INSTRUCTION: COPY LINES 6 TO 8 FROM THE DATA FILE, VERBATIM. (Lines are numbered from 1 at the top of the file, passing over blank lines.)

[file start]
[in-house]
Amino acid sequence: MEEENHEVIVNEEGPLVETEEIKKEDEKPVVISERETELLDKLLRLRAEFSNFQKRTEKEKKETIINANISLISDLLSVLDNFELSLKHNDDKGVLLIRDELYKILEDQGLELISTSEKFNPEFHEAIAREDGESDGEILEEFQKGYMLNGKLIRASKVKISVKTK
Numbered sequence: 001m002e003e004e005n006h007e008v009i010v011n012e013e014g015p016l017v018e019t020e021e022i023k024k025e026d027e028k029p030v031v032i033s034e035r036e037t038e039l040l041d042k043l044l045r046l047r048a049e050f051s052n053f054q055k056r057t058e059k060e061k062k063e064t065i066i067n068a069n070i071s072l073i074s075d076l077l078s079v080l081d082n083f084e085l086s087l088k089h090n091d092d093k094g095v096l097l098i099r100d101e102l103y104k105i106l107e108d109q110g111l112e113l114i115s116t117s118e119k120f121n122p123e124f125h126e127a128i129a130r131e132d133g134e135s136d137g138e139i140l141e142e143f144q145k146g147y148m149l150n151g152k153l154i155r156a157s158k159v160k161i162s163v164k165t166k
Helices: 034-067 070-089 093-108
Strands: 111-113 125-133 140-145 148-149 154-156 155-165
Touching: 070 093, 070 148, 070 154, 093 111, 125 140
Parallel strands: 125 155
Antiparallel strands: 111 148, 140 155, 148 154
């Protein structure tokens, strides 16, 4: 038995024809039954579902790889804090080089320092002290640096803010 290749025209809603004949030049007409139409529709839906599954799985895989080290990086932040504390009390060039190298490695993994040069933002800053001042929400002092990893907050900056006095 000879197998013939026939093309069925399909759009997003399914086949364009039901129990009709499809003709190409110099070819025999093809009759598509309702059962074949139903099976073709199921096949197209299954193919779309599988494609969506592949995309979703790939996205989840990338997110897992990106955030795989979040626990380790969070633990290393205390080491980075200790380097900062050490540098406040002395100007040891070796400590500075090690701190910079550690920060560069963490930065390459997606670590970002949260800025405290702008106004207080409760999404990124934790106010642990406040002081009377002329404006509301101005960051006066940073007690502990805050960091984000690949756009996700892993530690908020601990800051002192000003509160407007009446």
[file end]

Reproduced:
Touching: 070 093, 070 148, 070 154, 093 111, 125 140
Parallel strands: 125 155
Antiparallel strands: 111 148, 140 155, 148 154